Evan Wright: In Afghanistan we had some rocket attacks and there were big issues with land mines that were blowing people up. That was a different sort of tension. The first time...In fact, it was a worse... Just the fear of land mines that we had in Afghanistan was worse than actually being shot at, and the first time I was really shot at was at the bridge at Nasiriyah which will be depicted in episode two of the mini series and it was strangely enough very exciting and it was strangely enough I...and this voiced by marines that were by my side. It was like wow, this is just like a movie, and it’s weird to me that my reference point and their reference point was movies but that’s the case. It was.. To see... And for some reason to have a mortar blow up sort of near you and you feel the over-pressure and to see machine gun fire tearing in to trees over your head even though it’s scary it’s very exciting.
Question : What was the most dangerous situation you found yourself in while in Iraq?
Evan Wright: Well, I think that they were all dangerous. Once you start getting shot at, who knows, but...who knows what’s going to happen? But for me this happened time and time again. We were in a convoy moving forward so at times a unit would have moved ahead of us and they would say, “Okay. You’re going to have enemy contact in five minutes when you reach this turn in the road.” So then you’re in the Humvee and you know hey, the last guys that drove up here they took RPG and machine gun fire and it’s going to happen to you next. It was the anticipation that was always the scariest.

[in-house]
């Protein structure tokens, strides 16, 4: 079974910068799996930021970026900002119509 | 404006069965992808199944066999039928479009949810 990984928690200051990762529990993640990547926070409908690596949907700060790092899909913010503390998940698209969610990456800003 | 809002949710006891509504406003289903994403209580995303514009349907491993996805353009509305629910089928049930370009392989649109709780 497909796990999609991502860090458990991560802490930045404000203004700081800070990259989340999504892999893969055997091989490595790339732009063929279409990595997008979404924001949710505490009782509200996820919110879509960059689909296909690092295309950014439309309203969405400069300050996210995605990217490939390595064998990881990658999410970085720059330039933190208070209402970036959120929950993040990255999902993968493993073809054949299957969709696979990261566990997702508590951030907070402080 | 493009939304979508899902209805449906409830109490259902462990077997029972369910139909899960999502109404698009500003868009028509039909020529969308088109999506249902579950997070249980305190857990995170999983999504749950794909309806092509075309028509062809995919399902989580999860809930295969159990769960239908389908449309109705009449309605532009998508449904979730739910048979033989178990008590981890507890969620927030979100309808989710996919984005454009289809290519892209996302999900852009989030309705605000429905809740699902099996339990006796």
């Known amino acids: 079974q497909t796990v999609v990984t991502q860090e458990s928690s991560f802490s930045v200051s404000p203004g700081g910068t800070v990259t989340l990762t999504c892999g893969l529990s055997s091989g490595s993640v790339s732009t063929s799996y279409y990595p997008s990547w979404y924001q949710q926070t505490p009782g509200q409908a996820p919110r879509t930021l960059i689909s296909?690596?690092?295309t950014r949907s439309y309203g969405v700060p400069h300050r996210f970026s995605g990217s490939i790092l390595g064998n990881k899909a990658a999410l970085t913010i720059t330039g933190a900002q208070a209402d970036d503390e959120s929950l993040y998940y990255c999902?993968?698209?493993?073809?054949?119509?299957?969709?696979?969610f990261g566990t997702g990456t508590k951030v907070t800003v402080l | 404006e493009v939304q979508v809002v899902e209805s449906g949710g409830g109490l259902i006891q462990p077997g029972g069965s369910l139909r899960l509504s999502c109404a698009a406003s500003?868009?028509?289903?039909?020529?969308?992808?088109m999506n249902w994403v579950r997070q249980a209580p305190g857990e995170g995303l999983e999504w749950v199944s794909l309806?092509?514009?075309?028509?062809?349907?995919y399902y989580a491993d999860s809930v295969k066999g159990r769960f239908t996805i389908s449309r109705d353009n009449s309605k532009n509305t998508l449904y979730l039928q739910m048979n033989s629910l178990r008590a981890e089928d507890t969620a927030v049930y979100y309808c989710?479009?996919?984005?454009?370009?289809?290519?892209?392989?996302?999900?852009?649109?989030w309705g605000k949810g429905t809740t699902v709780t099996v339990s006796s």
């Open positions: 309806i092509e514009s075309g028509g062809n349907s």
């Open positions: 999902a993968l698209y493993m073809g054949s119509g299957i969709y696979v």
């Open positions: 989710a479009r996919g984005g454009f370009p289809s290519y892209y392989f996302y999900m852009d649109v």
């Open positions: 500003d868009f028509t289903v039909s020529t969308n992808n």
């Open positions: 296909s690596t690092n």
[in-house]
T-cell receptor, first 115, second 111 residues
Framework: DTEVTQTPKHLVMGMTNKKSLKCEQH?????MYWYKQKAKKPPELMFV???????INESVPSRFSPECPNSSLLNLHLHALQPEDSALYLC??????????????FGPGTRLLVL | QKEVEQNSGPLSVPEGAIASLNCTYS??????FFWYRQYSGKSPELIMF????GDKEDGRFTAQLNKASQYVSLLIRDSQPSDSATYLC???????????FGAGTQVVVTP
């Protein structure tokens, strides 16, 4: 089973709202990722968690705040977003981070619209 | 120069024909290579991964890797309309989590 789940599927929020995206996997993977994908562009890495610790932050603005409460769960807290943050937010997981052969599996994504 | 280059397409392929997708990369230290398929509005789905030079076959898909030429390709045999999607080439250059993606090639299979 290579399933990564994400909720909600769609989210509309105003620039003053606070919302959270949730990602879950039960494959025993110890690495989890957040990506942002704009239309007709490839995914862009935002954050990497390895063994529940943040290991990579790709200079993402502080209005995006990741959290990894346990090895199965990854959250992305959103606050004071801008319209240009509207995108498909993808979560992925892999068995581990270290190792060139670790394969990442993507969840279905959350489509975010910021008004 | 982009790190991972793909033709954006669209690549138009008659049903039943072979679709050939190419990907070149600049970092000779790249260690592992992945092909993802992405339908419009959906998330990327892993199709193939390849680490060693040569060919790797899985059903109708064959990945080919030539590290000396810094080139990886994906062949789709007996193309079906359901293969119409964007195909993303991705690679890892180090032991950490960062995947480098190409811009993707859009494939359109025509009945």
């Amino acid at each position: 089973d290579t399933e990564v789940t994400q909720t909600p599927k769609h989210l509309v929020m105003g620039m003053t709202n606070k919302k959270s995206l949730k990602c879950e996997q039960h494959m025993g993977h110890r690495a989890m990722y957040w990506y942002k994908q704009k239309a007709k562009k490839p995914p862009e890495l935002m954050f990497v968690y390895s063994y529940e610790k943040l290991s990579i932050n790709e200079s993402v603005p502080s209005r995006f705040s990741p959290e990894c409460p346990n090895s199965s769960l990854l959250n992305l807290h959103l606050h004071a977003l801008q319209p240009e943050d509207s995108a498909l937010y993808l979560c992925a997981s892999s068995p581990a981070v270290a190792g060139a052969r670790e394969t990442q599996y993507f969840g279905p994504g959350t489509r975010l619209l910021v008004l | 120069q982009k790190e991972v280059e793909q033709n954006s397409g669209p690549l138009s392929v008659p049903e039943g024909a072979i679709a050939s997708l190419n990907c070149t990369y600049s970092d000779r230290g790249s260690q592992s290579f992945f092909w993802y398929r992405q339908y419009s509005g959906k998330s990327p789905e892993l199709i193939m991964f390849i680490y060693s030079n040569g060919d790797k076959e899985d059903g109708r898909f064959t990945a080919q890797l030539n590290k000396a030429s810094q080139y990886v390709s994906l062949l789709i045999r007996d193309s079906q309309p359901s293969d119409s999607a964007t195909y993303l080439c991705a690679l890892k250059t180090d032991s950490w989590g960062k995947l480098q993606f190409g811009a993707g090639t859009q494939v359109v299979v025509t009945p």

Question: Did being an eyewitness of war change your perceptions of it?
Evan Wright: When I came back from Iraq a lot of my friends were like oh, wow, you were in combat. It must be you saw something that no one else could ever understand unless they’ve been there, and actually I disagreed with that. The weirdest thing is there was an element of being in combat that confirmed to me what I’d read about it and I’d read... studied history so I’d read a lot about it and it was weird. As a writer and a person who’s sort of lived the life of the imagination, I was like wow, it’s really cool that my imagination did actually prepare me for what combat would be like. So there was an element of it that was very familiar based on my intense reading as a history student but the one thing that I really saw in Iraq graphically and I’d never quite understood was how attractive war is for the combatants, that basically in Iraq you had these young marines who had prepared for war and it was pretty exciting for them to finally get a chance to be in it. And on the other side many of the people that were attacking us were professional Iraqi soldiers. Now many of them were actually working as insurgents because the... Saddam’s military had prepared for an insurgency as we invaded, but they were professional combatants. So you had these young men on both sides that were sort of fulfilling their dreams. They... It was very self-actualizing for the marines as I’m sure it was for the Iraqis and it was- war is attractive to those guys but in between is this mass of civilians who are being slaughtered, who are suffering, and I’d never quite realized A: that for combatants war is kind of attractive and B: that truly what happens in war is just civilians just get fucked. There’s no... There is no glory. There’s nothing for them except for pain, misery, death, suffering, and you really see it in Iraq. I really saw it there.